This white border postcard was mailed to the Metropolitan Life Insurance Company in Cleveland, Ohio on October 2nd 1928. The card features a view of the post office in Lexington, Kentucky, and has this message written on the reverse:
Spent the evening at a Moving Picture Show at Lexington, Ky. Staying at the La Fayette Hotel. Intend to continue our trip early tomorrow morning.
Edwin & Alice
Published in the 1920s, this postcard shows the post office in Worcester, Massachusetts. On the back:
A Post Office was first established in Worcester in 1775, with Isaiah Thomas as postmaster. In 1897, the new Government Building was opened, which cost $400,000 and is one of the best and handsomest in the country.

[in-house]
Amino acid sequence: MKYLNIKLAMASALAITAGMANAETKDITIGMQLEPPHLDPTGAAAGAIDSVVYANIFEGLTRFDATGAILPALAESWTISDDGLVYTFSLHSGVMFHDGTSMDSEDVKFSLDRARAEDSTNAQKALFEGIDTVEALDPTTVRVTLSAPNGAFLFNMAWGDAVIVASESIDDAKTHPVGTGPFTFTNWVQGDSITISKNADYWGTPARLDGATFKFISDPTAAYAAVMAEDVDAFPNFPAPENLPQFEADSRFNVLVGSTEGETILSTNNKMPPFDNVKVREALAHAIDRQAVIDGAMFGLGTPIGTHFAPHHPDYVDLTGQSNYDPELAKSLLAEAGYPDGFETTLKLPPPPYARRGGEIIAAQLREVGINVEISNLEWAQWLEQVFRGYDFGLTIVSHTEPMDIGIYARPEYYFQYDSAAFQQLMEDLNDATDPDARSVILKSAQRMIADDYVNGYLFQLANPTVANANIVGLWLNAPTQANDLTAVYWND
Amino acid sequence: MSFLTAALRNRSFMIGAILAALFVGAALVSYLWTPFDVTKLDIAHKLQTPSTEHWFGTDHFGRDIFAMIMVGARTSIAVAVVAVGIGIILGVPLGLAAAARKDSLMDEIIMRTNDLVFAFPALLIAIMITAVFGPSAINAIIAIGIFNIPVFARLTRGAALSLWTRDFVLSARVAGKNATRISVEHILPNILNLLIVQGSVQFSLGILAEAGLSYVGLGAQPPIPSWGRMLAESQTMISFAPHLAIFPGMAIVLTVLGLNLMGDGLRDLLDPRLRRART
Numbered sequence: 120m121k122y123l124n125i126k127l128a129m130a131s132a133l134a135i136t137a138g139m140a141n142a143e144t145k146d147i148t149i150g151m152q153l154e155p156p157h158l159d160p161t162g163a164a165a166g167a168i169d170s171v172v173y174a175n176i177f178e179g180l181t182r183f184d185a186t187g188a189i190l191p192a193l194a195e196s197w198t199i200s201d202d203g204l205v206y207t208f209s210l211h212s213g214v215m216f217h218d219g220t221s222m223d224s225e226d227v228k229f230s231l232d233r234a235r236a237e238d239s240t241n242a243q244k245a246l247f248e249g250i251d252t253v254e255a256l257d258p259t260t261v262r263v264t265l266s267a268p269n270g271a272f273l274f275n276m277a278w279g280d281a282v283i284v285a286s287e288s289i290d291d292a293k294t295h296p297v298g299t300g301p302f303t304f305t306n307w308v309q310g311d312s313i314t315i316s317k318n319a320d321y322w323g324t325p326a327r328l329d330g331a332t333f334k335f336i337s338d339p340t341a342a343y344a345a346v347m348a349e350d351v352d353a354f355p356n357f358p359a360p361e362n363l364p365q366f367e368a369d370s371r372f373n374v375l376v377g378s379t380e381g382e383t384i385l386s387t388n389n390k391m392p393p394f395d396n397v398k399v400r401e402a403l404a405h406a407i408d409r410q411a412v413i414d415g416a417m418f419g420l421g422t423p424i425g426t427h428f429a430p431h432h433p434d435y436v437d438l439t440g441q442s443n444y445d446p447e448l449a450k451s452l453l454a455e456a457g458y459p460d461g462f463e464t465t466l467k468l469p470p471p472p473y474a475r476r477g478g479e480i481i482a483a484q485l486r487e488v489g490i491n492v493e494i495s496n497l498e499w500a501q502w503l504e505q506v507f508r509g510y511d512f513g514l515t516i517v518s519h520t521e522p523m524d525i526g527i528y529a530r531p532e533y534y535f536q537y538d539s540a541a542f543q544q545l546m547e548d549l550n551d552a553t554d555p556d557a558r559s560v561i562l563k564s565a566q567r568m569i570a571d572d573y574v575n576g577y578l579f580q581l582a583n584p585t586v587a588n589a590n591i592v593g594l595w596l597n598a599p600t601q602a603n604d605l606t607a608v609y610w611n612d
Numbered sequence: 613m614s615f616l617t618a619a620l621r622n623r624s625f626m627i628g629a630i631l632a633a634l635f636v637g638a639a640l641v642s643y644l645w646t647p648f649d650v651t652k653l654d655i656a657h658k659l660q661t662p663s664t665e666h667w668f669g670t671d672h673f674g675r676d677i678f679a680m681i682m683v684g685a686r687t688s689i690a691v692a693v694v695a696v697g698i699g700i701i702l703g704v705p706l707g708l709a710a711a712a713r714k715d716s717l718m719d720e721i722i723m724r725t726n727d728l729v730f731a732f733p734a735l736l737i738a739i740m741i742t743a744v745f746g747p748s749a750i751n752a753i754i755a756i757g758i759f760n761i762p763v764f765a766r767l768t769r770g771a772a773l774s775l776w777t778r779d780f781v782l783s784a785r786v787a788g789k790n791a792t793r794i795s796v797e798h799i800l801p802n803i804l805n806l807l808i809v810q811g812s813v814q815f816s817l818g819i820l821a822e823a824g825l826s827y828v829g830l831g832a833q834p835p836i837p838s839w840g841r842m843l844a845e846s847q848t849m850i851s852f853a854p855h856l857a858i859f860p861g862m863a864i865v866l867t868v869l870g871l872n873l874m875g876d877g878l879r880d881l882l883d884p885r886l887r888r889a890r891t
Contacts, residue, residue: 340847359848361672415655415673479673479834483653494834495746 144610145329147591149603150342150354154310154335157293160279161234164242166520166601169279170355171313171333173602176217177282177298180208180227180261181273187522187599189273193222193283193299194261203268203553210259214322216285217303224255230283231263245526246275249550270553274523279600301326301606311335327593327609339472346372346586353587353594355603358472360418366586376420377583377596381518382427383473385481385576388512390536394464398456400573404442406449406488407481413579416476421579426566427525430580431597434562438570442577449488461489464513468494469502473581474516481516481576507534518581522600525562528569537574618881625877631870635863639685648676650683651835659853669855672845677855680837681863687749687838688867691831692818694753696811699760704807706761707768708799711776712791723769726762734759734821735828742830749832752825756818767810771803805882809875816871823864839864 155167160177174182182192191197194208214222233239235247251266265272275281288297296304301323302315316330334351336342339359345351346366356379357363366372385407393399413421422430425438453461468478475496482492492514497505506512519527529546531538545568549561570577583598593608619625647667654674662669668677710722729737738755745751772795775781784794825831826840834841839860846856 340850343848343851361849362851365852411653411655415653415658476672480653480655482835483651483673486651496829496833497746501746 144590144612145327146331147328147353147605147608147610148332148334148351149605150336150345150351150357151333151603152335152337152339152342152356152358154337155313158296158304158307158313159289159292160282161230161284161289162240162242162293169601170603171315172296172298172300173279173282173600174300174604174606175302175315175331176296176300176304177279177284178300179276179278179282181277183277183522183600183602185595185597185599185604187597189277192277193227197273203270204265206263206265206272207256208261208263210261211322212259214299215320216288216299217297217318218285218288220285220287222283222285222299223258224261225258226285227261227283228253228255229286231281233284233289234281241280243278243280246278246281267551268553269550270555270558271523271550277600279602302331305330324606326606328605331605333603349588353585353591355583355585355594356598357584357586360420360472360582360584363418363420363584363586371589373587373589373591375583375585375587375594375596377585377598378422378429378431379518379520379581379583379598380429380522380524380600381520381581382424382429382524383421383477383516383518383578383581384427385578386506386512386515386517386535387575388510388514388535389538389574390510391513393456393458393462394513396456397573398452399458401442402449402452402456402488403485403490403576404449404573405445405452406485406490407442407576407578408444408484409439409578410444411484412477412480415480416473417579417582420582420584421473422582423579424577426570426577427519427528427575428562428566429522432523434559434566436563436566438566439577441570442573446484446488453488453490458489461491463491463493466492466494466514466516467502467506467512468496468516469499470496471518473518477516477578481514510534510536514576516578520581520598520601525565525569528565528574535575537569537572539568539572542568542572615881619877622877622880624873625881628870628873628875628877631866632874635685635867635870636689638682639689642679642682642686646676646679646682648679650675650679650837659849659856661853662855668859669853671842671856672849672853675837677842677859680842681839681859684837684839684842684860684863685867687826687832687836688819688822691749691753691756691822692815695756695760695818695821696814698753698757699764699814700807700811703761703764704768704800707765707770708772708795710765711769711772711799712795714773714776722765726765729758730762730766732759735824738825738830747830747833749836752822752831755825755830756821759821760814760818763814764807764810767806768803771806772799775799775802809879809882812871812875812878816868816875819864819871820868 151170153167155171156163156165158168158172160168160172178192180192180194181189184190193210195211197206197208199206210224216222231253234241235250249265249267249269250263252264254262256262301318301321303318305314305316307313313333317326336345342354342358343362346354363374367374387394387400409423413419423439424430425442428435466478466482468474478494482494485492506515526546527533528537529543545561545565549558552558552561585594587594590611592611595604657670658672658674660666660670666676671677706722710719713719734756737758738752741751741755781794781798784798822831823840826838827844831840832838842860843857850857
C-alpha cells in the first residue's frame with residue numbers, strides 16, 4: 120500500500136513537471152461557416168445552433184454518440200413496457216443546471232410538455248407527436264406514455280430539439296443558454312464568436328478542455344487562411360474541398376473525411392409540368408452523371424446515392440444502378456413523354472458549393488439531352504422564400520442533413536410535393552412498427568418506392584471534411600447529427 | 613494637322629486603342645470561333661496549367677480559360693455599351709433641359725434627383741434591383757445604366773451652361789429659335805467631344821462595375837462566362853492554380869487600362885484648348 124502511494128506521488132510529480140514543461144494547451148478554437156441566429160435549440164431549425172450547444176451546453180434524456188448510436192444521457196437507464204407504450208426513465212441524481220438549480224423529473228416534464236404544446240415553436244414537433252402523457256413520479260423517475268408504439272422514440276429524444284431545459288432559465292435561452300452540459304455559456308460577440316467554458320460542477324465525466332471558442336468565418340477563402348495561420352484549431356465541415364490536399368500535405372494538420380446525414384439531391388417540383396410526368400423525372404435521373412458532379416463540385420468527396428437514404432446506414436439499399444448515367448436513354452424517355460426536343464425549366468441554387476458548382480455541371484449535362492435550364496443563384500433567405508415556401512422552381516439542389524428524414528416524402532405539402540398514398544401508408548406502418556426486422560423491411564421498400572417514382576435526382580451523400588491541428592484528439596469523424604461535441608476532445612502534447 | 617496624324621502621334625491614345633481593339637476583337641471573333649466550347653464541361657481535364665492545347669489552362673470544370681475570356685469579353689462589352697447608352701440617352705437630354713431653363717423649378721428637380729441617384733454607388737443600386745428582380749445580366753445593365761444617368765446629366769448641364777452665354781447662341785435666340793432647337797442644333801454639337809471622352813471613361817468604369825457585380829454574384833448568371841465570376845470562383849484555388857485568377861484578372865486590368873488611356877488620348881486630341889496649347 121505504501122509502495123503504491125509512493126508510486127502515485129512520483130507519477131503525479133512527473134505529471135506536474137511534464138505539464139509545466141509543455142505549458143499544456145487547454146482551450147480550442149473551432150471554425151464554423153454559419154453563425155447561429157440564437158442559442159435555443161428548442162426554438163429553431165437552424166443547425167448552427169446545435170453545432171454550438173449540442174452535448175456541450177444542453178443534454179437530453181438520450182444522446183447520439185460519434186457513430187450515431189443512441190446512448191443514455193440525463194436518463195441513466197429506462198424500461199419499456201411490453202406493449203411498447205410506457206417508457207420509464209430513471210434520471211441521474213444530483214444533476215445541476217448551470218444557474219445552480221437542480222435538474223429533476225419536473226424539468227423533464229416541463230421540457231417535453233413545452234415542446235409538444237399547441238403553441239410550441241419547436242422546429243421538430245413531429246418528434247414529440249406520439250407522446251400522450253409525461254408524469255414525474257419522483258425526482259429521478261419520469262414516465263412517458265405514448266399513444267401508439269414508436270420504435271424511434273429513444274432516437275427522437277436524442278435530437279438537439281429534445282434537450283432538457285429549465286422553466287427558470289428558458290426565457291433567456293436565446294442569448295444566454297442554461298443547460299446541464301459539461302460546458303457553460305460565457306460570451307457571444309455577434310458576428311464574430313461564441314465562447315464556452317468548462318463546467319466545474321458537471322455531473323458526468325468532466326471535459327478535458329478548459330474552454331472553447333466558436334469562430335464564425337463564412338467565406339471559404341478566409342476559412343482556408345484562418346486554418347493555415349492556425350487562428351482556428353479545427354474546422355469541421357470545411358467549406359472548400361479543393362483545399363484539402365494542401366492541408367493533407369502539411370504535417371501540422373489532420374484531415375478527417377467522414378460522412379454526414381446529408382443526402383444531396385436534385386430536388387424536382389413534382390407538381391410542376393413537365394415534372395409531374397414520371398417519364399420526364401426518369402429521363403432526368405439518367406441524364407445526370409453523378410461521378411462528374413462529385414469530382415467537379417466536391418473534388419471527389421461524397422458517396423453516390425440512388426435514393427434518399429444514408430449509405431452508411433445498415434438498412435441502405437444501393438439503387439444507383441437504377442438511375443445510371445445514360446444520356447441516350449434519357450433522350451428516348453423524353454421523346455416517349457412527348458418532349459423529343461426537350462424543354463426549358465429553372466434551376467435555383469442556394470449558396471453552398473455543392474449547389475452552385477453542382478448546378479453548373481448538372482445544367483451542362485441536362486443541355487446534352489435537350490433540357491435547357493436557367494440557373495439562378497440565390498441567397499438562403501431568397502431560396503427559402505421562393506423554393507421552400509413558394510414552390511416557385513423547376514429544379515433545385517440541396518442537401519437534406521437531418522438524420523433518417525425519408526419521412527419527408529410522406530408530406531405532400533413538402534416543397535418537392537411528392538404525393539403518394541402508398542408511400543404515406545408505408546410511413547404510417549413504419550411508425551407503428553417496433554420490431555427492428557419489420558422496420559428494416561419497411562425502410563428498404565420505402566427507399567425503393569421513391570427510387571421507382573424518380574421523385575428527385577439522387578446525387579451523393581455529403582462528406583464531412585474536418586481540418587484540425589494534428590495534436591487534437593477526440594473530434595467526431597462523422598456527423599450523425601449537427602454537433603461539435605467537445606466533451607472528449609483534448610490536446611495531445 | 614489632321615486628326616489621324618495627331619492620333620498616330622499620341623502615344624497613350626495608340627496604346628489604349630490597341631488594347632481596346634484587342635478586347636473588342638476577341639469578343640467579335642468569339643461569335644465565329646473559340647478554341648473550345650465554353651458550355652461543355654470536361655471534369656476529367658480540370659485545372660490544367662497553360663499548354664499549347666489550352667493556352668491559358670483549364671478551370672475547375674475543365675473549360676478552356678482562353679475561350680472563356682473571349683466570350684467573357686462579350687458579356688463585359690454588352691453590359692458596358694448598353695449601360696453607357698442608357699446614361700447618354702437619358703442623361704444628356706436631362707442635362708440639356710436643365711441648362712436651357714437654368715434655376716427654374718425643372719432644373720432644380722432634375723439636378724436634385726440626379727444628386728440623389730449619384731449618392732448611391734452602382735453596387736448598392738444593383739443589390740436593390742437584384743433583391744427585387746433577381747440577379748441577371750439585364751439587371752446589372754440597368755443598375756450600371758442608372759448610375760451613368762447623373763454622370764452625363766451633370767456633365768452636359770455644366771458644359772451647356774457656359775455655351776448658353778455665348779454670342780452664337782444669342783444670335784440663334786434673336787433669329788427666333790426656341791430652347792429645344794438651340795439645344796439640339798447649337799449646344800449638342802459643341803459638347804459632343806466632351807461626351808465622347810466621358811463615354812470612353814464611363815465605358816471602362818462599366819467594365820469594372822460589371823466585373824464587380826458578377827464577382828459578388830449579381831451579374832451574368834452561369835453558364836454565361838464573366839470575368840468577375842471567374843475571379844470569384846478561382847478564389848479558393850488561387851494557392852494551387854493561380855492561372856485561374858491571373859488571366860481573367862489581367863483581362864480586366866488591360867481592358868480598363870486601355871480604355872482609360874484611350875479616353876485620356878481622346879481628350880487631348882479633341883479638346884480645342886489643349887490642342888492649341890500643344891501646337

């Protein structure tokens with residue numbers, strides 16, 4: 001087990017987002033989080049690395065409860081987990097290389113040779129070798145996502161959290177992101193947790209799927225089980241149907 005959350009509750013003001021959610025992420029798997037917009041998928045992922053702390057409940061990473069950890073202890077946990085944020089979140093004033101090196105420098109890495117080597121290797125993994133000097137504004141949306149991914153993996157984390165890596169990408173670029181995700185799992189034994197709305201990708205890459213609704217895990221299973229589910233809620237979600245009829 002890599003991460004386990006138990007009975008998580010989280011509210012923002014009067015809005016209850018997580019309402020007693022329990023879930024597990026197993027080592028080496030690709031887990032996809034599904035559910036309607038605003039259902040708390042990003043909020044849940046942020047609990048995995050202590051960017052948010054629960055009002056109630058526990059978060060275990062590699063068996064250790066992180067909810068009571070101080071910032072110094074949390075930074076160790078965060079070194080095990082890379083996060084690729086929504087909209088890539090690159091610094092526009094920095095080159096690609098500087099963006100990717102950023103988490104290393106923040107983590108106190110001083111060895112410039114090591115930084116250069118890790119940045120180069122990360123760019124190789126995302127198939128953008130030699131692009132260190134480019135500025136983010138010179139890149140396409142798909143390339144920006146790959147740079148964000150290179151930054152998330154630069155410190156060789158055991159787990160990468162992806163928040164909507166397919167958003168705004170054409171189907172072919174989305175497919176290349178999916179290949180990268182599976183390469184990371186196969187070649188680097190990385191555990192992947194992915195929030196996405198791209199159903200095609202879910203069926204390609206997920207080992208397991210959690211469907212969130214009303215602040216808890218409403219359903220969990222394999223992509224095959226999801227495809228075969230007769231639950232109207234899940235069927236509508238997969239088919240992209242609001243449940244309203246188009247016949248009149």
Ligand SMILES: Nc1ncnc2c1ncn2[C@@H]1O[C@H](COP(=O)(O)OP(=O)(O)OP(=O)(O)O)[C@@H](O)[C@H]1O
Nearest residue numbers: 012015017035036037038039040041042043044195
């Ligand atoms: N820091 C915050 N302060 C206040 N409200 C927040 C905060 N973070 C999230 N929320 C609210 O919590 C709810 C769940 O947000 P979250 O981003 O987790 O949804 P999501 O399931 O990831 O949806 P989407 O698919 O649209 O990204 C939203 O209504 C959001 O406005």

The post office in Auburn, New York. Mailed in 1912, a brief message written on the back reads, “I am right here at present – E. Griffin”.
Architectual subjects from the linen area are plentiful, and often boring, but at least this view of the Manchester, N.H. post office includes cars to break the monotony. It was produced by Tichnor Bros.
This crudely printed white border card is the handiwork of the Miller Art Co., and shows the post office in Laconia, New Hampshire.
Yesterday I posted a card showing the Haverhill, Mass. Post Office, a divided back card published by Hugh C. Leighton. This time we have an earlier, undivided back card, also from Leighton, that shows what looks to be the previous incarnation of the post office.
Published by W. H. Wood and printed by Hugh C. Leighton, this divided back card shows the post office in Haverhill, Massachusetts.
The new $5,000,000 Boston Post Office. The card was printed by Colourpicture, a publisher/printer that is best known for their linen view-cards. Based in Boston and Cambridge, Massachusetts, they produced postcards from 1938 to 1969.